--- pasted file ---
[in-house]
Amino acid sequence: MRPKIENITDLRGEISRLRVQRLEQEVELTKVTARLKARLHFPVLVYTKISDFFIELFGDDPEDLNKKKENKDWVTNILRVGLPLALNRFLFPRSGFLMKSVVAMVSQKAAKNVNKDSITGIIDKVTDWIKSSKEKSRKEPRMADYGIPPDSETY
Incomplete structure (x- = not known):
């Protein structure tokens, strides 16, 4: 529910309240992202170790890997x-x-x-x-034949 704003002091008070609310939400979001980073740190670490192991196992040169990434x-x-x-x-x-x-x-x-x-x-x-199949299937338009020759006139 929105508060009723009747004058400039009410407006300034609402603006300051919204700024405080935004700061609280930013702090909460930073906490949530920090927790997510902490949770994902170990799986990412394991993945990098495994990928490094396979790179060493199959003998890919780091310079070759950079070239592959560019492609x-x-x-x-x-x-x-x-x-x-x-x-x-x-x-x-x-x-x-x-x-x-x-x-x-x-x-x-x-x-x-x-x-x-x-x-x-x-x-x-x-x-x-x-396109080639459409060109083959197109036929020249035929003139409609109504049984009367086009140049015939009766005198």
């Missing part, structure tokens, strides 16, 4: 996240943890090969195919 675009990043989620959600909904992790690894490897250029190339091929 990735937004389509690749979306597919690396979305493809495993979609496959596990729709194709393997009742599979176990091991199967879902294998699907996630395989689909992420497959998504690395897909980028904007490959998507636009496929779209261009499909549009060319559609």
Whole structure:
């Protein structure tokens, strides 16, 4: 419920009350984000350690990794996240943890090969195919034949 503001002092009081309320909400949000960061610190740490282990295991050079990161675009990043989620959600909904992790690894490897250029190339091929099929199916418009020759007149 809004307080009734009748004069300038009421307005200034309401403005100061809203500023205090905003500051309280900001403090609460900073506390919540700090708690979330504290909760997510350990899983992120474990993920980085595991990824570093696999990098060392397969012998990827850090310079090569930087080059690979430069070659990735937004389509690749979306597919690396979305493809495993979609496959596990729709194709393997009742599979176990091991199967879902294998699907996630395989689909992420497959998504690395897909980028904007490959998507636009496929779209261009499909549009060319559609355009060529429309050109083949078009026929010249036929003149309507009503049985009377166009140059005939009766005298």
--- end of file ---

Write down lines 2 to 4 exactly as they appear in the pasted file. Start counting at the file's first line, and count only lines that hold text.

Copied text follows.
Amino acid sequence: MRPKIENITDLRGEISRLRVQRLEQEVELTKVTARLKARLHFPVLVYTKISDFFIELFGDDPEDLNKKKENKDWVTNILRVGLPLALNRFLFPRSGFLMKSVVAMVSQKAAKNVNKDSITGIIDKVTDWIKSSKEKSRKEPRMADYGIPPDSETY
Incomplete structure (x- = not known):
């Protein structure tokens, strides 16, 4: 529910309240992202170790890997x-x-x-x-034949 704003002091008070609310939400979001980073740190670490192991196992040169990434x-x-x-x-x-x-x-x-x-x-x-199949299937338009020759006139 929105508060009723009747004058400039009410407006300034609402603006300051919204700024405080935004700061609280930013702090909460930073906490949530920090927790997510902490949770994902170990799986990412394991993945990098495994990928490094396979790179060493199959003998890919780091310079070759950079070239592959560019492609x-x-x-x-x-x-x-x-x-x-x-x-x-x-x-x-x-x-x-x-x-x-x-x-x-x-x-x-x-x-x-x-x-x-x-x-x-x-x-x-x-x-x-x-396109080639459409060109083959197109036929020249035929003139409609109504049984009367086009140049015939009766005198």